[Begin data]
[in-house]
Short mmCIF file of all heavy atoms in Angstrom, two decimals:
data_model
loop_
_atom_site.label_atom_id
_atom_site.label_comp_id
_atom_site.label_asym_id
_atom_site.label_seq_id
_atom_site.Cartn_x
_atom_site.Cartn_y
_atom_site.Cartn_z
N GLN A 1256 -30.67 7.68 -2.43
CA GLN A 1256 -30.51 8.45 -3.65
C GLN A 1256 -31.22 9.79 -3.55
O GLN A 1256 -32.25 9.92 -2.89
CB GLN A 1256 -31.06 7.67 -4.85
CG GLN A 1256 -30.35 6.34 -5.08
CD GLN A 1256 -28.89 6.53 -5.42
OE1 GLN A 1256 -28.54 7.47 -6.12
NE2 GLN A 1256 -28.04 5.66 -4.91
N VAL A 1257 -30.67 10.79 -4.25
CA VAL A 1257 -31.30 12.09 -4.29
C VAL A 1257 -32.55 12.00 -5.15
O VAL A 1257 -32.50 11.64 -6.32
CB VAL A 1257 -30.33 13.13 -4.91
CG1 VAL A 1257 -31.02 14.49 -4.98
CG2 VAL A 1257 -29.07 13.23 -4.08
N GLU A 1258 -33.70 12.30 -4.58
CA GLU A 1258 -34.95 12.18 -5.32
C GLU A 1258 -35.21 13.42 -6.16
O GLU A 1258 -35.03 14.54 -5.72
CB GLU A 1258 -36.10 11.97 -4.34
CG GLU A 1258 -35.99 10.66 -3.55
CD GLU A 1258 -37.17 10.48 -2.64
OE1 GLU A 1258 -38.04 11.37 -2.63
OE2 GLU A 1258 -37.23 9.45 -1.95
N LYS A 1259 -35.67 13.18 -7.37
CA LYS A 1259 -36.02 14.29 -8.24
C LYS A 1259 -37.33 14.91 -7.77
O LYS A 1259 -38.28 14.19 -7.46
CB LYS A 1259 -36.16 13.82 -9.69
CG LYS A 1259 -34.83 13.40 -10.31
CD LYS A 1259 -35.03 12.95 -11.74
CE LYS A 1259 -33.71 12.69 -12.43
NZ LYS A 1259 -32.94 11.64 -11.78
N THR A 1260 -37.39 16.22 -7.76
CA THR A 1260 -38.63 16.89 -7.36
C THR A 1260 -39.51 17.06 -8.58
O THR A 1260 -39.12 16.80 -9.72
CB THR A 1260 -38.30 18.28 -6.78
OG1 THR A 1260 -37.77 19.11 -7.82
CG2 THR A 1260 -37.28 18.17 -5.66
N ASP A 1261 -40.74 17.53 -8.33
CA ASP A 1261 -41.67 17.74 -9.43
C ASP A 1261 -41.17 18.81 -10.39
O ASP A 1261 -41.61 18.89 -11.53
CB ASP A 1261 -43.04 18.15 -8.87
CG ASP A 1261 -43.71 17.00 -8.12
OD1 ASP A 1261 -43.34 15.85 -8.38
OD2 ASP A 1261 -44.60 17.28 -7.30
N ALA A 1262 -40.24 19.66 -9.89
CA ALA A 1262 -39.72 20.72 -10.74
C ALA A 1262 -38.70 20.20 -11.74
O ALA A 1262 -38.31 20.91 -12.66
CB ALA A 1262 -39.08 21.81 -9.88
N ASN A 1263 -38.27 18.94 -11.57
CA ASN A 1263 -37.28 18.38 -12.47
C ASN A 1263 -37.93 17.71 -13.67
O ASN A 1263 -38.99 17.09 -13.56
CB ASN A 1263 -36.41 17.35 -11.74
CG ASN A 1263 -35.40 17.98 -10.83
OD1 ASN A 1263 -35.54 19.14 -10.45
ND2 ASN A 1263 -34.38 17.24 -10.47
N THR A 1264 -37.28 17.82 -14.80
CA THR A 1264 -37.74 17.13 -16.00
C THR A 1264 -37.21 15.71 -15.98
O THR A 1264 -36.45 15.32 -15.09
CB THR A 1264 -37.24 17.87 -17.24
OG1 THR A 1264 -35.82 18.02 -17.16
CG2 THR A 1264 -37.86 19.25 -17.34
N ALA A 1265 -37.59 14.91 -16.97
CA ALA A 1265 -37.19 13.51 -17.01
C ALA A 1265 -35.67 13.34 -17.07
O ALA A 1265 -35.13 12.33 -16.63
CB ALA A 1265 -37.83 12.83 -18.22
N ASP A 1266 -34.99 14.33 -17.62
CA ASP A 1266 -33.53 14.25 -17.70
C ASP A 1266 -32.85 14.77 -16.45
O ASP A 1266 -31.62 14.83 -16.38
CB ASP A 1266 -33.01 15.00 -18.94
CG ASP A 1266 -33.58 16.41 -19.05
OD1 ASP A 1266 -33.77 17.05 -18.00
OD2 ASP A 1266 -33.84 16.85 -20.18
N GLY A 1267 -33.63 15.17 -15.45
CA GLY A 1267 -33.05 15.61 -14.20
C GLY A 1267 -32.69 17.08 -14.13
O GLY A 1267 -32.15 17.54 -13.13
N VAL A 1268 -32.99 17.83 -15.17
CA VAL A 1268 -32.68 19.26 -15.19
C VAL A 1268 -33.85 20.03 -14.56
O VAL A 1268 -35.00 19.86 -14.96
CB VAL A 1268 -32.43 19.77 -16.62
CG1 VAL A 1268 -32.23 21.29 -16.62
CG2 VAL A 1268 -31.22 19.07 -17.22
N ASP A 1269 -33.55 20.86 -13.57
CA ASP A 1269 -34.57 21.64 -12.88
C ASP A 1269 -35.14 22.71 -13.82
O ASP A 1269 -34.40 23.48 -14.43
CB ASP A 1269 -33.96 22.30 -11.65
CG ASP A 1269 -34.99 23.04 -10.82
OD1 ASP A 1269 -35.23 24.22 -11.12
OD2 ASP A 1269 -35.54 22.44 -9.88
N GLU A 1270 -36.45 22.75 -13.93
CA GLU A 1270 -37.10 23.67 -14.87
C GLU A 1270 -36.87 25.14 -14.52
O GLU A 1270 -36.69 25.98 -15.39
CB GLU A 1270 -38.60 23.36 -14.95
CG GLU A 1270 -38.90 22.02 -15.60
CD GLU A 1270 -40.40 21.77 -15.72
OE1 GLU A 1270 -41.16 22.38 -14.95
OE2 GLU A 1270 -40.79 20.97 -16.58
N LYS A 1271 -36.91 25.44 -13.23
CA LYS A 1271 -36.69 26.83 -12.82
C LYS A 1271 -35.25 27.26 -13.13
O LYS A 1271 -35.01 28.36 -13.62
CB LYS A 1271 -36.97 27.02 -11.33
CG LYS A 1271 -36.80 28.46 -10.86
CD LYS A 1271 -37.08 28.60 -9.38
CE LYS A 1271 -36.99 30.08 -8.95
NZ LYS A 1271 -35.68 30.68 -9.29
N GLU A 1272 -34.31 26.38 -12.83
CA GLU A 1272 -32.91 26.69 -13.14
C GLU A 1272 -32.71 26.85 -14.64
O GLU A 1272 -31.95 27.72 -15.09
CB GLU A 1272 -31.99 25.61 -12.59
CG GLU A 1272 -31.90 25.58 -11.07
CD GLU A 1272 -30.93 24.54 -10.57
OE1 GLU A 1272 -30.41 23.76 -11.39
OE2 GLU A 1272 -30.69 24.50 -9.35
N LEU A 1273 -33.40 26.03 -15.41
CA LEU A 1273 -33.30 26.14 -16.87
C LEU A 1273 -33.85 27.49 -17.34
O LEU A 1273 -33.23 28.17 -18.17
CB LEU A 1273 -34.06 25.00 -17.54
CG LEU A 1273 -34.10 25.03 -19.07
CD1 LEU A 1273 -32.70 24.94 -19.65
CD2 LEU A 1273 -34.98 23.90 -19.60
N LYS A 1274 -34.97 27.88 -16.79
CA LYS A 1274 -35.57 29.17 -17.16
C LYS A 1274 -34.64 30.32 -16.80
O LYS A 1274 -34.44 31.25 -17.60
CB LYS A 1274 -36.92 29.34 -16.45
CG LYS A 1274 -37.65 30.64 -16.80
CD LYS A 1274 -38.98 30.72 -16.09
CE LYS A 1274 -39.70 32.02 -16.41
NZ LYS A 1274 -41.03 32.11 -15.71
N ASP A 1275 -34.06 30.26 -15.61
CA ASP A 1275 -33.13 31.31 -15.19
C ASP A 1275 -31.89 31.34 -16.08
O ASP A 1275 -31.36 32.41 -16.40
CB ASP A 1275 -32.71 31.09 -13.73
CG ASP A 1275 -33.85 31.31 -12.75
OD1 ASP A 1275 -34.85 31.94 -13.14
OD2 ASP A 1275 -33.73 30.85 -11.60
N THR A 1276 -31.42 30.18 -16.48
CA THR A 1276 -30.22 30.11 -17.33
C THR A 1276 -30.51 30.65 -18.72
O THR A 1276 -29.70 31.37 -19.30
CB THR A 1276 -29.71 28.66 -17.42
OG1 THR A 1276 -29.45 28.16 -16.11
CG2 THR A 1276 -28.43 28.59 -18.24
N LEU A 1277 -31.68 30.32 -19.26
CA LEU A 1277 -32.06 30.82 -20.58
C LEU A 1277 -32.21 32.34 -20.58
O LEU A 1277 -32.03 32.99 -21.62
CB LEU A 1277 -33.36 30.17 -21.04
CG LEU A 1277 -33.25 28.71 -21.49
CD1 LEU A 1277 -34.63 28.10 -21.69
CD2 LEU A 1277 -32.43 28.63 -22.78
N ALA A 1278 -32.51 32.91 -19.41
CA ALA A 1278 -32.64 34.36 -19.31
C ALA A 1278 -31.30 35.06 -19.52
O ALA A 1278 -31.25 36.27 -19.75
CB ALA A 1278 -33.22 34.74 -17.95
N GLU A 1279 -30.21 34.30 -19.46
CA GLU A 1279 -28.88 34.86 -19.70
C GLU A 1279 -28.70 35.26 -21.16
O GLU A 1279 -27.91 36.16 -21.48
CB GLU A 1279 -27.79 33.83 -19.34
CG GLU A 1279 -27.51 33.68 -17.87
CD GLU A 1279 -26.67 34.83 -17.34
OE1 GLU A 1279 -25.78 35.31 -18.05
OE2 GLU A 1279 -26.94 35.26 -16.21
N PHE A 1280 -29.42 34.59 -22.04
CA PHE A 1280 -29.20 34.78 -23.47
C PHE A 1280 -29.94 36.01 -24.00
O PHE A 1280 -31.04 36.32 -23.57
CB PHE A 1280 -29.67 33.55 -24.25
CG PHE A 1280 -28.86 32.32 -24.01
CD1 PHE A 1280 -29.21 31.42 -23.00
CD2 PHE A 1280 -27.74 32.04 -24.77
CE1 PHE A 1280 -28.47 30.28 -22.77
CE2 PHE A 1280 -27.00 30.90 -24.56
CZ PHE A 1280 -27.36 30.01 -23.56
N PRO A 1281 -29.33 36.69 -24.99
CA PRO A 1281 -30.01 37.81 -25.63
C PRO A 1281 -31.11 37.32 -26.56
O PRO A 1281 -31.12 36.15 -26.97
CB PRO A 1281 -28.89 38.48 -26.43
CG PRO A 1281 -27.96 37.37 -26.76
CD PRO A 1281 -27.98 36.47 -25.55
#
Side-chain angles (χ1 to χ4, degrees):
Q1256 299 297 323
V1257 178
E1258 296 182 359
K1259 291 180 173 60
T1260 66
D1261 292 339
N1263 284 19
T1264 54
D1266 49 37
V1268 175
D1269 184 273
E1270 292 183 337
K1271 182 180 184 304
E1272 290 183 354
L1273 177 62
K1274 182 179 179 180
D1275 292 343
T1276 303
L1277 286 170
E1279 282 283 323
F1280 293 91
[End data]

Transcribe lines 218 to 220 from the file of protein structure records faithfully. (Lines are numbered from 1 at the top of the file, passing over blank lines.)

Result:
T1260 66
D1261 292 339
N1263 284 19